Payment Cards

In 1949, Frank McNamara was having lunch in a New York restaurant when he realized he had left his wallet at home. While waiting for his wife to bring cash to pay the bill, the idea of a payment card came to his mind. The following year, 1950, he incorporated Diner’s Club with €1.5 million of start-up capital, 14 restaurants, and a group of friends as purchasers. One year later, 42,000 card-holders and 330 merchants, mostly restaurants and hotels, accepted the card, paying a 7 percent commission to Diner’s Club? The American Hotel Association reacted in 1956 by creating its own card, and the National Restaurant Association signed on. This was an early attempt to avoid the 7 percent commission charged by the intermediary, Diner’s Club.

The payment card industry is a classic example of a multi-sided market. An intermediary (the payment card company) facilitates the interaction between merchants and purchasers. The key to the success of payment card companies is the number of users, both merchants and purchasers. The wider the use by each group, the higher the benefit for the other group. On one hand, merchants will be increasingly interested in the card as it is more widely used by purchasers. On the other hand, purchasers will be increasingly interested in a card if it is accepted by a substantial number of merchants.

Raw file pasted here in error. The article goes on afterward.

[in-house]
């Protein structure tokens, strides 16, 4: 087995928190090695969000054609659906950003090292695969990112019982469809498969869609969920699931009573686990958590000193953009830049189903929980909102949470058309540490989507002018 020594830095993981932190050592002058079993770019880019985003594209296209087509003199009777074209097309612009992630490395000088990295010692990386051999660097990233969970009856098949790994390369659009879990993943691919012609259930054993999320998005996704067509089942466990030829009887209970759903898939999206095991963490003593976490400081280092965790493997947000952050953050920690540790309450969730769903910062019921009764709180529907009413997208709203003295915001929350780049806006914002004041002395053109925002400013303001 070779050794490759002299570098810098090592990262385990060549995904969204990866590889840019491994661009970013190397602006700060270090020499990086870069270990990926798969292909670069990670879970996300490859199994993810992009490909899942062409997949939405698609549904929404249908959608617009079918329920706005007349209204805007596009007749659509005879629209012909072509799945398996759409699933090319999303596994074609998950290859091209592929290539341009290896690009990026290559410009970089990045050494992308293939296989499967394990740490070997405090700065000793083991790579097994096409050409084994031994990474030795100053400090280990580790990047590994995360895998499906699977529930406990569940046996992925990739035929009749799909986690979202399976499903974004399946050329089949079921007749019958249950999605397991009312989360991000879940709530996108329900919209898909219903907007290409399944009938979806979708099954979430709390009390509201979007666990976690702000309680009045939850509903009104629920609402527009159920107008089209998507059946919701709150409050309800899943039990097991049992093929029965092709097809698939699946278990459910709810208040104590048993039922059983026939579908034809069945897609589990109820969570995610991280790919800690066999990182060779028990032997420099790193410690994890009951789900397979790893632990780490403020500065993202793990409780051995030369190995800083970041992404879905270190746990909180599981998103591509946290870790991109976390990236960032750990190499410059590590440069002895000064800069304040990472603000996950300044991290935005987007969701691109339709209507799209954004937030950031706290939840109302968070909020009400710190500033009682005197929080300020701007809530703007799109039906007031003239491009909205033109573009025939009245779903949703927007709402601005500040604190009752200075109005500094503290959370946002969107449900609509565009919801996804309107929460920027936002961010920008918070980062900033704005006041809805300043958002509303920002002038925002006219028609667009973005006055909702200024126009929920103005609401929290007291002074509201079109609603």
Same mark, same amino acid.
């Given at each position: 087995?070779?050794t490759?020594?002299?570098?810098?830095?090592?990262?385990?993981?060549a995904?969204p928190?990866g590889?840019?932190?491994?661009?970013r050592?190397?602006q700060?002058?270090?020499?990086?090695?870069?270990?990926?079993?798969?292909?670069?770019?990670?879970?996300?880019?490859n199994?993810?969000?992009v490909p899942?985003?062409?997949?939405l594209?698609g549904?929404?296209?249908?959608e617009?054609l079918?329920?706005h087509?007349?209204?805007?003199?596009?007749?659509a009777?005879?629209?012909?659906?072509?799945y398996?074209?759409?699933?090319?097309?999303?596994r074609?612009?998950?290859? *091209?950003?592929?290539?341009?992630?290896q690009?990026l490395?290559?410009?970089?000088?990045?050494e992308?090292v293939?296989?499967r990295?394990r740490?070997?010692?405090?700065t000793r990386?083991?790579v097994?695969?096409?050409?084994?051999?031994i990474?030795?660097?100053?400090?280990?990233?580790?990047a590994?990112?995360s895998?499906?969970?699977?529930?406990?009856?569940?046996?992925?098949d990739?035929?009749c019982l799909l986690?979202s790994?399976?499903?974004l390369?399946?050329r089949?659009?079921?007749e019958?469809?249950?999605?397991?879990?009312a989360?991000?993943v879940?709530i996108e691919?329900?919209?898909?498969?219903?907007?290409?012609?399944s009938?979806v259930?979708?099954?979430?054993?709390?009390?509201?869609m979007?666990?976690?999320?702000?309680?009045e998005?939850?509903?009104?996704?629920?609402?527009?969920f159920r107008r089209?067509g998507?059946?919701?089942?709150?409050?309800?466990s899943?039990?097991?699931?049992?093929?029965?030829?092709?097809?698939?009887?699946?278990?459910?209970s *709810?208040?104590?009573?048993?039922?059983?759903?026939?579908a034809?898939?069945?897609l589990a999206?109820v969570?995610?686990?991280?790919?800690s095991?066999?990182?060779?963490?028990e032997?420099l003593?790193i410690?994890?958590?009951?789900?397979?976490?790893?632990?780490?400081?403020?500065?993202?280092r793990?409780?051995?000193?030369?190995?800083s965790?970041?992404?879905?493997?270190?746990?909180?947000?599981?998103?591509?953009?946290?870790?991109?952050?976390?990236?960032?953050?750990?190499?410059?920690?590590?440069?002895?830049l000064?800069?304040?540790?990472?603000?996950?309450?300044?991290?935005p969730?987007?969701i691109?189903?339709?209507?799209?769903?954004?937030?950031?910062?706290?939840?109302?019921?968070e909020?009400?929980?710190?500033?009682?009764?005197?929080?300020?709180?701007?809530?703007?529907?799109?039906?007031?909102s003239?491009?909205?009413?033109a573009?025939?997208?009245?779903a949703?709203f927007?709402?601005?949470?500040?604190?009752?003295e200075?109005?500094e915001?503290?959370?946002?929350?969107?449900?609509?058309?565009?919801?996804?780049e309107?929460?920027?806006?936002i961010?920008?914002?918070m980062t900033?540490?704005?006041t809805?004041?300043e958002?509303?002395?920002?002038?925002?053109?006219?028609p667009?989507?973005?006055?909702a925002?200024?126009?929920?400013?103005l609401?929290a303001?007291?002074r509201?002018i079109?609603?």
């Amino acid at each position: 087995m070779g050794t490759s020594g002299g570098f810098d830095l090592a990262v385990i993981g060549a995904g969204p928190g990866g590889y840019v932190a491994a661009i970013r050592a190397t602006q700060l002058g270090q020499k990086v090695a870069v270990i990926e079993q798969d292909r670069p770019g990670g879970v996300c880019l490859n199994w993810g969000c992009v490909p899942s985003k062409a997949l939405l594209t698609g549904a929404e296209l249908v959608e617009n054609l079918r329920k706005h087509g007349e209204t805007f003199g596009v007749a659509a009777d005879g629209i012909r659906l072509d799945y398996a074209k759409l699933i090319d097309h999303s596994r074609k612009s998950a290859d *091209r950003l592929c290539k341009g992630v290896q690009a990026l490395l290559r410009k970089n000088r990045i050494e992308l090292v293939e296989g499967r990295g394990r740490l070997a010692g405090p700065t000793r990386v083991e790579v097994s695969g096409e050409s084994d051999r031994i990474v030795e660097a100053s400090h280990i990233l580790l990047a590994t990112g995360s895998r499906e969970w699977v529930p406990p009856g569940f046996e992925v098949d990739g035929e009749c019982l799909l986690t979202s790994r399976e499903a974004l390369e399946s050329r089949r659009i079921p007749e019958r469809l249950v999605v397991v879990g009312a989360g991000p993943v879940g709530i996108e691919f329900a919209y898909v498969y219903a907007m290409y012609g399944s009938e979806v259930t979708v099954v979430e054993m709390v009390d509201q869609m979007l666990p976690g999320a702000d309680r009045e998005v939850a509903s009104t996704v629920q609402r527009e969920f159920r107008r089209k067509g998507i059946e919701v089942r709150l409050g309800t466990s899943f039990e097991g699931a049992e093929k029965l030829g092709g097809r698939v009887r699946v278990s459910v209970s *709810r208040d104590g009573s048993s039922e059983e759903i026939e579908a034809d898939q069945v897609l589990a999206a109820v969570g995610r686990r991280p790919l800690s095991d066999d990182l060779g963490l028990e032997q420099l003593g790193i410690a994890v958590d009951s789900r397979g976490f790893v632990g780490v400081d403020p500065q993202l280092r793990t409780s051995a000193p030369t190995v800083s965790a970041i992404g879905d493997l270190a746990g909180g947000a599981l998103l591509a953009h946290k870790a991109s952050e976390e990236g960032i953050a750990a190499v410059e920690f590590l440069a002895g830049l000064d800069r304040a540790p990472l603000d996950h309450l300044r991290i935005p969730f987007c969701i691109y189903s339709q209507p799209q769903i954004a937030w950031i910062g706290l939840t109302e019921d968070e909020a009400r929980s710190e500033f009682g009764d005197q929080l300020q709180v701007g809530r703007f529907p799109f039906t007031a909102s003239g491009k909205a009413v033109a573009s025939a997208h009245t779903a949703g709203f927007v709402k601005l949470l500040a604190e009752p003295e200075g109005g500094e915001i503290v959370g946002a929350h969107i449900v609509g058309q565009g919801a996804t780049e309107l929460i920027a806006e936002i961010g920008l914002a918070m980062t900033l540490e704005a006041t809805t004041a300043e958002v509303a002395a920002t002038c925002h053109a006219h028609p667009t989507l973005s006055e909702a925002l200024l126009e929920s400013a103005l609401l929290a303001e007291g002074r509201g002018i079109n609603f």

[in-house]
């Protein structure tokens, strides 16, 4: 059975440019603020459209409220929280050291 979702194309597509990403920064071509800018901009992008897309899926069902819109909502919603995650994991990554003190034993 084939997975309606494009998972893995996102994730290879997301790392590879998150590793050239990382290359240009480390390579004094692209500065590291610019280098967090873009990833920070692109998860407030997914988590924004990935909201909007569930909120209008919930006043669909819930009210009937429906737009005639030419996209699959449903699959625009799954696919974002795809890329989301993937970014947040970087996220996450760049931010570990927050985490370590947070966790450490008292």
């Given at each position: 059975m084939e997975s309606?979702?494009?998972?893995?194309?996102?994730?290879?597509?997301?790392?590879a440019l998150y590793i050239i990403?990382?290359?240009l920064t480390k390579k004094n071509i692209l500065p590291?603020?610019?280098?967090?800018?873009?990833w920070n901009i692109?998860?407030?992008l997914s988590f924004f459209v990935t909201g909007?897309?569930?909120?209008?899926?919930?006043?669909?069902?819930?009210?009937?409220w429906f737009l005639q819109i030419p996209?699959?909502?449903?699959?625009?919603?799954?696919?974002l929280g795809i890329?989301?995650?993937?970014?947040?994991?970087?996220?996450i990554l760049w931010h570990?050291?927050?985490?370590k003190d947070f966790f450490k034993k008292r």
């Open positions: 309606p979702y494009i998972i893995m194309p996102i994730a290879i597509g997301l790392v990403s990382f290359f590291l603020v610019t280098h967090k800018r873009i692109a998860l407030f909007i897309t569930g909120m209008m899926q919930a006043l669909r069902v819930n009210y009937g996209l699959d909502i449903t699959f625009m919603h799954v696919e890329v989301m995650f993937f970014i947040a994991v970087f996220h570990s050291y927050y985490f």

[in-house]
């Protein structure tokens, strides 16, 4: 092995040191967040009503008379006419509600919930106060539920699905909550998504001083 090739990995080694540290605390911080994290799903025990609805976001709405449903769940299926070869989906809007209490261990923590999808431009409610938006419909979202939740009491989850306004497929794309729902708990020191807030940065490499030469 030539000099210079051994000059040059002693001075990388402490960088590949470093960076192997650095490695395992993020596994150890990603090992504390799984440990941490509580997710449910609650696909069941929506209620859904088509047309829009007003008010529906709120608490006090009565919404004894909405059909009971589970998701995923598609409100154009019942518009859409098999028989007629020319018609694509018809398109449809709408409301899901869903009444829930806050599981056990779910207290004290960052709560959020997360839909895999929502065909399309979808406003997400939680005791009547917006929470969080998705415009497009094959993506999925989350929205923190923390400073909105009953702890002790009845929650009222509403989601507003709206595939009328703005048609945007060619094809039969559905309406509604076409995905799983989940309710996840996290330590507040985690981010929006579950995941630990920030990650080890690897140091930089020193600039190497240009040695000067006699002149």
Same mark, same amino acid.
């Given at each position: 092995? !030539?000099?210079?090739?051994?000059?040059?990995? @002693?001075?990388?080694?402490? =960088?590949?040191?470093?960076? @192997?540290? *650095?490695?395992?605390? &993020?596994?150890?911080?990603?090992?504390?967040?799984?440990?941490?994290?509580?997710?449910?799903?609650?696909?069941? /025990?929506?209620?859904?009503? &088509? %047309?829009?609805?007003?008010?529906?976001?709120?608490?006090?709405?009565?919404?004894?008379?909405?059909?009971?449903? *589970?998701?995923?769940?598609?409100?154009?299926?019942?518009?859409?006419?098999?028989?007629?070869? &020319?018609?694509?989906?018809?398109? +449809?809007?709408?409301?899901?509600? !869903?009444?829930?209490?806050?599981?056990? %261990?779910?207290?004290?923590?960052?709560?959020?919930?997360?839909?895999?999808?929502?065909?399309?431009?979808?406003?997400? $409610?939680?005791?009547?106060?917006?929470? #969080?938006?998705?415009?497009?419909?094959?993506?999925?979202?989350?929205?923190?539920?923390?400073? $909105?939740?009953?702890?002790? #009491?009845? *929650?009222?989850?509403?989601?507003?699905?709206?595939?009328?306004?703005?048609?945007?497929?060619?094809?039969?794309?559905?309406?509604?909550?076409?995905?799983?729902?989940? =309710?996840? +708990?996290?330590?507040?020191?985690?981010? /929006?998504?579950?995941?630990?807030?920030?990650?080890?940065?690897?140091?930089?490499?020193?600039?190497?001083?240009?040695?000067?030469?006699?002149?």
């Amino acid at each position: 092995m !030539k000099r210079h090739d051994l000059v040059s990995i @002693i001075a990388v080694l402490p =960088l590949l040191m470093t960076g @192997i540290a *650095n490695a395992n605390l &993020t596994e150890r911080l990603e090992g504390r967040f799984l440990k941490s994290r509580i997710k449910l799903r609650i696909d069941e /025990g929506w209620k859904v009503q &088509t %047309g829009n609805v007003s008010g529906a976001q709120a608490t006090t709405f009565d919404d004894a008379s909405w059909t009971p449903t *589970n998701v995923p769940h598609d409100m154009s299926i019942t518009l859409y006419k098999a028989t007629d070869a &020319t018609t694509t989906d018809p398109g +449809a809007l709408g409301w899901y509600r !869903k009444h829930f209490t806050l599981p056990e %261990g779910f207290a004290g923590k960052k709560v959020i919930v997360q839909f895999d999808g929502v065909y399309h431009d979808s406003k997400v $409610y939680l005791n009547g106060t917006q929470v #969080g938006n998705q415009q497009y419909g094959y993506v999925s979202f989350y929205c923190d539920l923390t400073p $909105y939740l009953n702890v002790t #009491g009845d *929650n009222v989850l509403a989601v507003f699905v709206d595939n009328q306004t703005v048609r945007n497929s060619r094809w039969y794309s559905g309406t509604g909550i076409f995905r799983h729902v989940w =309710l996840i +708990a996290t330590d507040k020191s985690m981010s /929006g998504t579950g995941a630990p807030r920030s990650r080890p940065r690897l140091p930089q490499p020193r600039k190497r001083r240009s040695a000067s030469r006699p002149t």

Diner’s Club was the first payment card, but this did not guarantee a monopoly to the first mover, not even a leadership position, as other companies entered the market. A company created 16 years later, VISA, eventually became the market leader. Strong competition exists between payment card companies, and both merchants and purchasers usually accept more than one card, a practice called “multi-homing.”

The key benefit for both sides making use of payment cards is the reduction of transaction costs. Payment cards make payments easy and eliminate the risk of cash being stolen or lost. The payment card company has a key role as it defines the distribution of the benefits derived from the new interaction among all the players: the merchants, the purchasers and the platform itself, including the so-called interchange fees to be paid for the use of the card in each transaction. Despite competition, the distribution of the benefits created by payment cards has raised numerous conflicts. After decades of such conflicts, regulation was adopted both in the US and in the EU to set a price cap on interchange fees. This is an early illustrative example of how platforms, like intermediaries, are often subject to regulation to exclude abuses.

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